In vitro corrosion of metallic orthodontic brackets: Influence of artificial saliva with and without fluorides

Admin Dental Press

Edition V17N06 | Year 2012 | Editorial Online Article | Pages 24 to 24

Mônica Pereira Saporeti , Enio Tonani Mazzieiro , Wisley Falcco Sales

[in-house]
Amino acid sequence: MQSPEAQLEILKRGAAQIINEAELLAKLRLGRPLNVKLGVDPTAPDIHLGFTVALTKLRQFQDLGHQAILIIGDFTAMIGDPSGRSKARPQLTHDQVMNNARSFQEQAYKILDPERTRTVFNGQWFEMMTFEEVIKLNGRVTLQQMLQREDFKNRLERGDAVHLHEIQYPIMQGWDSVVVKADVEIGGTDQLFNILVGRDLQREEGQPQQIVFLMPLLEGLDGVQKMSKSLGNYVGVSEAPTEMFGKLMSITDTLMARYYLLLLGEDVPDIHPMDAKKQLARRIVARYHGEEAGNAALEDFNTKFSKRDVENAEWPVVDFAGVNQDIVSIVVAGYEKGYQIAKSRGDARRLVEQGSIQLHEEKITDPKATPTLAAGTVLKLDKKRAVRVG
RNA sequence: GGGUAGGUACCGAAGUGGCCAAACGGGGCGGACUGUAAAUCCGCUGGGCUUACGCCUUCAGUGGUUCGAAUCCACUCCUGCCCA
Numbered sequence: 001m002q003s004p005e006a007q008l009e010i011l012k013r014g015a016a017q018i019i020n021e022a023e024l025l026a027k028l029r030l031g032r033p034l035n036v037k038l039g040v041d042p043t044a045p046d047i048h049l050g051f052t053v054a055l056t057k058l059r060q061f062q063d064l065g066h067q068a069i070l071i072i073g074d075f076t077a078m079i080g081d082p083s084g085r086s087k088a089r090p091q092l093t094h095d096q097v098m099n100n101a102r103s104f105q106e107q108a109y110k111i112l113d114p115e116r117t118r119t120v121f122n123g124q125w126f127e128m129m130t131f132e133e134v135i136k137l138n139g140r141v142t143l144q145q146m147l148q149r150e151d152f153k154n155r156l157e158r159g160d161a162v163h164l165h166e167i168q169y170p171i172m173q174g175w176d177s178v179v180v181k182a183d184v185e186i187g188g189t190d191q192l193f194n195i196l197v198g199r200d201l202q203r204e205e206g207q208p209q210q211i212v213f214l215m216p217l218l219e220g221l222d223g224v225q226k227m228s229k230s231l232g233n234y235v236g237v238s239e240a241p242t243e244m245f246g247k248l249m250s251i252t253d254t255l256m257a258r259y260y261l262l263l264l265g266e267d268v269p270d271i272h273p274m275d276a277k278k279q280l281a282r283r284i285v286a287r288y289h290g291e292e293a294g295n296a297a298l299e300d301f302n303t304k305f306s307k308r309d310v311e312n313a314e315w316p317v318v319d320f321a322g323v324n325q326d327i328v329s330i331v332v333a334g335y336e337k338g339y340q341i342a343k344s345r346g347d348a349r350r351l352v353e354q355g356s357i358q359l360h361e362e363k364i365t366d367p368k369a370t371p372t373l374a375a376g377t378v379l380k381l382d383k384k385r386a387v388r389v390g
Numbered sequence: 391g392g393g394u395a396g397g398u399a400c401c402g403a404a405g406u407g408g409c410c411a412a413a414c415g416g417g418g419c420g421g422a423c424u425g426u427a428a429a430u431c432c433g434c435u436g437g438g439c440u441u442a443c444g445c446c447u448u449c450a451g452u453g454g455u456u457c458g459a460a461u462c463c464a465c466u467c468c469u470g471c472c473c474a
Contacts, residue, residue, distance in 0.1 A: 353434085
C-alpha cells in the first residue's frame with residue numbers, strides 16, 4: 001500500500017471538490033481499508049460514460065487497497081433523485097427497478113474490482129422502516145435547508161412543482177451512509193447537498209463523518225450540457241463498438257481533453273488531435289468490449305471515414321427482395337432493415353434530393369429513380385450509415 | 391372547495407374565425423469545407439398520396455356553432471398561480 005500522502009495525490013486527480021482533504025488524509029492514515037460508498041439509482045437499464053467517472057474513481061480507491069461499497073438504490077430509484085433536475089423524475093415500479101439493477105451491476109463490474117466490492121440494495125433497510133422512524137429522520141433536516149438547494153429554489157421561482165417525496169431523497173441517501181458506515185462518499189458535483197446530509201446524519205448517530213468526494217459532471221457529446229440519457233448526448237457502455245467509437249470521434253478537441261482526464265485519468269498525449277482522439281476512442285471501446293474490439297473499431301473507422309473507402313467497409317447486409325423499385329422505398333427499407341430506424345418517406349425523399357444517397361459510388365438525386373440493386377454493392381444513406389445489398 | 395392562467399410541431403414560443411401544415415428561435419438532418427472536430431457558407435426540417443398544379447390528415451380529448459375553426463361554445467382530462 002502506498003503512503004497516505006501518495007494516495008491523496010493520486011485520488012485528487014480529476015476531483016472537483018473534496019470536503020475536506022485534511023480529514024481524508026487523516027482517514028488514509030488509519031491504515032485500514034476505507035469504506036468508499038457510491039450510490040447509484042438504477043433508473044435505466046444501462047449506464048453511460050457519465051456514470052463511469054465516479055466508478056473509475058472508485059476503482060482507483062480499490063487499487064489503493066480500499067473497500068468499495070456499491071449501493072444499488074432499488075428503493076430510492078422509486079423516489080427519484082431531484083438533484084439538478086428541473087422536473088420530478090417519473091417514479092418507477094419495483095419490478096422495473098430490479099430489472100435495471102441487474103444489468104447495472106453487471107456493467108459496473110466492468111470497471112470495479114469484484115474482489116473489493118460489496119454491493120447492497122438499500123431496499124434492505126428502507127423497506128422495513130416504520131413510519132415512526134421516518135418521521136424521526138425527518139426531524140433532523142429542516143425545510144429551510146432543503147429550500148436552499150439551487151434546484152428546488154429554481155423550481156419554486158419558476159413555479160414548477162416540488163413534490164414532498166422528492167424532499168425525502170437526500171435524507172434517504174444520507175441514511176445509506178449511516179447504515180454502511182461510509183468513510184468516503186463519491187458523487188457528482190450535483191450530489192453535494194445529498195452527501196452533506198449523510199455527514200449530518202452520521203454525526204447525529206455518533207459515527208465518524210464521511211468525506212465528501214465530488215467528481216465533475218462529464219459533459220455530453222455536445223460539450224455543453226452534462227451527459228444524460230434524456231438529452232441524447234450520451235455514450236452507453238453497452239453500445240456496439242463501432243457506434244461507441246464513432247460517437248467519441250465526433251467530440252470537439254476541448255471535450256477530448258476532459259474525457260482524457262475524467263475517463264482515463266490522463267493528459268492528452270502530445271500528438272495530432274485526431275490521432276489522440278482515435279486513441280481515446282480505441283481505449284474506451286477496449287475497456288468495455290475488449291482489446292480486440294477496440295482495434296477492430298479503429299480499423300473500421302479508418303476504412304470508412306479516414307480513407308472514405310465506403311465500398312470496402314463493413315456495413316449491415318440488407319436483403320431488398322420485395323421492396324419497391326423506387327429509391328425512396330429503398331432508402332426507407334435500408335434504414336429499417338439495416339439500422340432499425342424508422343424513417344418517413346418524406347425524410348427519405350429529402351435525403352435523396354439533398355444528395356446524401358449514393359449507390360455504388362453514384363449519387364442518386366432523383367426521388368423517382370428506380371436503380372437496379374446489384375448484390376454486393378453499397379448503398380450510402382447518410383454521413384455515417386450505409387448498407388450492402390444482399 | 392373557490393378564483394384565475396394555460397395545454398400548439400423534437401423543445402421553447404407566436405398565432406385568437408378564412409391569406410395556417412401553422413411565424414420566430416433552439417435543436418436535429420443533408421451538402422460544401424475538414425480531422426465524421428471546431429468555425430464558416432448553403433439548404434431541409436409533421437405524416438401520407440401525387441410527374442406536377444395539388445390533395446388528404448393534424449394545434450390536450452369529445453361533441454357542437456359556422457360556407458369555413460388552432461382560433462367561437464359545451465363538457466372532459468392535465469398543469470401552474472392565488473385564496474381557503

Many nickel-free and reduced nickel content metallic brackets have been proposed, due to nickel sensitivity presented by some patients in orthodontic clinic. However, few studies have assessed the behavior of these brackets in the oral cavity, composed of many chemical substances, proteins and microorganisms at different temperatures, which often results in corrosion of metallic alloys. Therefore, the aim of this study was to evaluate the ?in vitro? corrosion resistance of nickel-free and reduced nickel content metallic brackets immersed in artificial saliva with and without fluoride by means of scanning electron microscopy. Seventeen brackets for each trademark were analyzed, as follows: nickel-free brackets (Nickel-Free Morelli ? Morelli, Sorocaba, Brazil), reduced nickel content stainless steel brackets with titanium nitride coating (Morelli Golden Line ? Morelli, Sorocaba, Brazil), cobalt-chromium brackets (TP-Orthodontics, La Porte, United States) and titanium brackets (Dentaurum ? Ispringen, Germany). These brackets were immersed in artificial saliva at 37°C for 7, 9 and 11 weeks (respectively groups 1, 2 and 3). In the group 4, the brackets were immersed in artificial saliva and fluoride for 11 weeks. For each group, four brackets were evaluated. The control group was comprised only one no-immersed bracket. The corrosion of the brackets was analyzed qualitatively by scanning electron microscopy (SEM), with increases from 200 to 500 times. Furthermore, the chemical composition of surface residues on the brackets was evaluated by SEM associated with an energy dispersive x-ray analyzer (EDS). Also the amount of ions released in the artificial saliva was measured by atomic absorption spectrophotometry. The results showed that all brackets demonstrated lower corrosion resistance in the fluoride presence. Titanium and nickel-free brackets presented good corrosion resistance. In titanium nitride coating brackets, oxides were verified on surface, probably due to defects resulting from the titanium nitrite coating. The lowest corrosion resistance was observed in cobalt-chromium brackets, probably because the weld between the base and body of these brackets and the heat treatment of this alloy. So, it was verified oxides and cobalt, chromium and silver on surface of cobalt-chromium brackets. On the other hand, there were no clear signals of the release of ions in all evaluated solutions. Thus the presence of fluoride promoted higher corrosion in all brackets. Despite the low corrosion resistance presented by cobalt-chromium brackets, there was no significant release of ions in all solutions of evaluated brackets.

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